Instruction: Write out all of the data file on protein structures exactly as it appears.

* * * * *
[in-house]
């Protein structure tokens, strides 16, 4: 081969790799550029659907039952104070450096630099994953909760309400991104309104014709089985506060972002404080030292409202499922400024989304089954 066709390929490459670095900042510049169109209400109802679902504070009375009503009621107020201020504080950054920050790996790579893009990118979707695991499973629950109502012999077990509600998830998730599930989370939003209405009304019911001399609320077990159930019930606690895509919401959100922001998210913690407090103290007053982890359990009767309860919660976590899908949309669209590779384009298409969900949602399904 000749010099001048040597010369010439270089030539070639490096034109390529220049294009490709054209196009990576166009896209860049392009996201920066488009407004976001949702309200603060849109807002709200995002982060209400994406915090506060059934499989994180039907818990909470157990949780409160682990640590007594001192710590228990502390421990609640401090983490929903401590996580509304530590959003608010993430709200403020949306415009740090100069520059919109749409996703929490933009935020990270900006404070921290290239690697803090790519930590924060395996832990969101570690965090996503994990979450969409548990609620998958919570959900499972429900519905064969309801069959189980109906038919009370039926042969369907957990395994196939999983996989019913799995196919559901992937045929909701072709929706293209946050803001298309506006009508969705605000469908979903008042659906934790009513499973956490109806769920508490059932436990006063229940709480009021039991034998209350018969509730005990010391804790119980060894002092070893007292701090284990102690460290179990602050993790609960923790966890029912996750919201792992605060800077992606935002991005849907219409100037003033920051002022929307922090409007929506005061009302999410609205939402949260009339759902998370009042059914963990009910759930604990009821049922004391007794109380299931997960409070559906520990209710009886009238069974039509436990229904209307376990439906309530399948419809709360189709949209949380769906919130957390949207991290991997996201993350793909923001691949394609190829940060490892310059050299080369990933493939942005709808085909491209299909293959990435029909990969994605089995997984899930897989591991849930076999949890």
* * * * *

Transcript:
[in-house]
């Protein structure tokens, strides 16, 4: 081969790799550029659907039952104070450096630099994953909760309400991104309104014709089985506060972002404080030292409202499922400024989304089954 066709390929490459670095900042510049169109209400109802679902504070009375009503009621107020201020504080950054920050790996790579893009990118979707695991499973629950109502012999077990509600998830998730599930989370939003209405009304019911001399609320077990159930019930606690895509919401959100922001998210913690407090103290007053982890359990009767309860919660976590899908949309669209590779384009298409969900949602399904 000749010099001048040597010369010439270089030539070639490096034109390529220049294009490709054209196009990576166009896209860049392009996201920066488009407004976001949702309200603060849109807002709200995002982060209400994406915090506060059934499989994180039907818990909470157990949780409160682990640590007594001192710590228990502390421990609640401090983490929903401590996580509304530590959003608010993430709200403020949306415009740090100069520059919109749409996703929490933009935020990270900006404070921290290239690697803090790519930590924060395996832990969101570690965090996503994990979450969409548990609620998958919570959900499972429900519905064969309801069959189980109906038919009370039926042969369907957990395994196939999983996989019913799995196919559901992937045929909701072709929706293209946050803001298309506006009508969705605000469908979903008042659906934790009513499973956490109806769920508490059932436990006063229940709480009021039991034998209350018969509730005990010391804790119980060894002092070893007292701090284990102690460290179990602050993790609960923790966890029912996750919201792992605060800077992606935002991005849907219409100037003033920051002022929307922090409007929506005061009302999410609205939402949260009339759902998370009042059914963990009910759930604990009821049922004391007794109380299931997960409070559906520990209710009886009238069974039509436990229904209307376990439906309530399948419809709360189709949209949380769906919130957390949207991290991997996201993350793909923001691949394609190829940060490892310059050299080369990933493939942005709808085909491209299909293959990435029909990969994605089995997984899930897989591991849930076999949890």